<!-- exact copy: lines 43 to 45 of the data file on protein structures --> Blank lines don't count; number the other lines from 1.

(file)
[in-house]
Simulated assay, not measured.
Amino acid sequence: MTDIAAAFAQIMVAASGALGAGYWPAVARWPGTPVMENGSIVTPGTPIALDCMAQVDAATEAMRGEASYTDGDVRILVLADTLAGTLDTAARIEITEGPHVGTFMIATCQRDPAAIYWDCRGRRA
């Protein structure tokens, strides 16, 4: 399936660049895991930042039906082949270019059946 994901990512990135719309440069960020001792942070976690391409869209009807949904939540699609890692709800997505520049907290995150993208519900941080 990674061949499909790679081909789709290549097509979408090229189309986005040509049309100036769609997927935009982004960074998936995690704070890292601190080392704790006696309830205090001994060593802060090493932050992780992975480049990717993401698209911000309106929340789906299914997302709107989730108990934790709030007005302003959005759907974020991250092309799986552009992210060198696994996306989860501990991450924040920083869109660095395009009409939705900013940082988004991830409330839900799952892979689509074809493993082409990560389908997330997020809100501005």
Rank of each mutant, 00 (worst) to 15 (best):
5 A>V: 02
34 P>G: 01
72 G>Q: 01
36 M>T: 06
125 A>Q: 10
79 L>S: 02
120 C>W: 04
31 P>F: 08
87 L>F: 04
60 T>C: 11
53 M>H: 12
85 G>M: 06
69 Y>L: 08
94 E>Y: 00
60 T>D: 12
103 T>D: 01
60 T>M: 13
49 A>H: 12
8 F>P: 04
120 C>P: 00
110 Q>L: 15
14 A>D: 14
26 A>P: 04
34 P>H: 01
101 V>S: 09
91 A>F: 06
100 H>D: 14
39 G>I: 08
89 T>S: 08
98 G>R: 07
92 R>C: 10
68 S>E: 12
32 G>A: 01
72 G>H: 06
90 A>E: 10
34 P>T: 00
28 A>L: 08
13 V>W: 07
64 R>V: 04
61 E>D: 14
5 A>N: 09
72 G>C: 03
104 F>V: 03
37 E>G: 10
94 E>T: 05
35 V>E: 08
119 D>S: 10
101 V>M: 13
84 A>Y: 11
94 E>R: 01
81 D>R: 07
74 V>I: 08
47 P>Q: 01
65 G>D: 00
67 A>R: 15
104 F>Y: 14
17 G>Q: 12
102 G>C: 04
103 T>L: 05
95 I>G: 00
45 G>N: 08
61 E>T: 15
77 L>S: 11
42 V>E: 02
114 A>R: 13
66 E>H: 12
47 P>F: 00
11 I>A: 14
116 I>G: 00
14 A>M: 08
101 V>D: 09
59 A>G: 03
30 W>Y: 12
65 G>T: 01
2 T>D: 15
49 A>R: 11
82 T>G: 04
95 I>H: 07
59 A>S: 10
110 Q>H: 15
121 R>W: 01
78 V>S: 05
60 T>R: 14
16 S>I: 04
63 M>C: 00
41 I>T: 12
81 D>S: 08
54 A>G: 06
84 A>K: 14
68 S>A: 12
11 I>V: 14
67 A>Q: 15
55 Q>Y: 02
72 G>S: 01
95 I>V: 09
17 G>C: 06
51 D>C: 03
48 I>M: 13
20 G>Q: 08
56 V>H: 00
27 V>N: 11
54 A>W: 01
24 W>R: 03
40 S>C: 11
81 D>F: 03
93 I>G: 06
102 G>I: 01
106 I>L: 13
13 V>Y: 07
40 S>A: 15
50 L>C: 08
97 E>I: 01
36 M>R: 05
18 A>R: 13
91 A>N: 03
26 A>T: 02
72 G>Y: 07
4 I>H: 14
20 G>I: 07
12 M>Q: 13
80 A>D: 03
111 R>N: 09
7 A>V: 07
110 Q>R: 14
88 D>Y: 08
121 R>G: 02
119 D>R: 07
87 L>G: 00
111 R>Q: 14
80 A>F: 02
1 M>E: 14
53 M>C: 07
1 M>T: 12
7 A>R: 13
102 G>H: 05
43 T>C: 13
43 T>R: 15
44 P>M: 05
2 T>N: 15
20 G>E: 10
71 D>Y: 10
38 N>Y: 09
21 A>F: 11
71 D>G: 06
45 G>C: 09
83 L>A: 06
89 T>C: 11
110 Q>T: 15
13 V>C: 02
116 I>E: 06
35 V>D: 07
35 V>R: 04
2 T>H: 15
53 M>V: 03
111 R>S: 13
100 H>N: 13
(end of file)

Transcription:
13 V>W: 07
64 R>V: 04
61 E>D: 14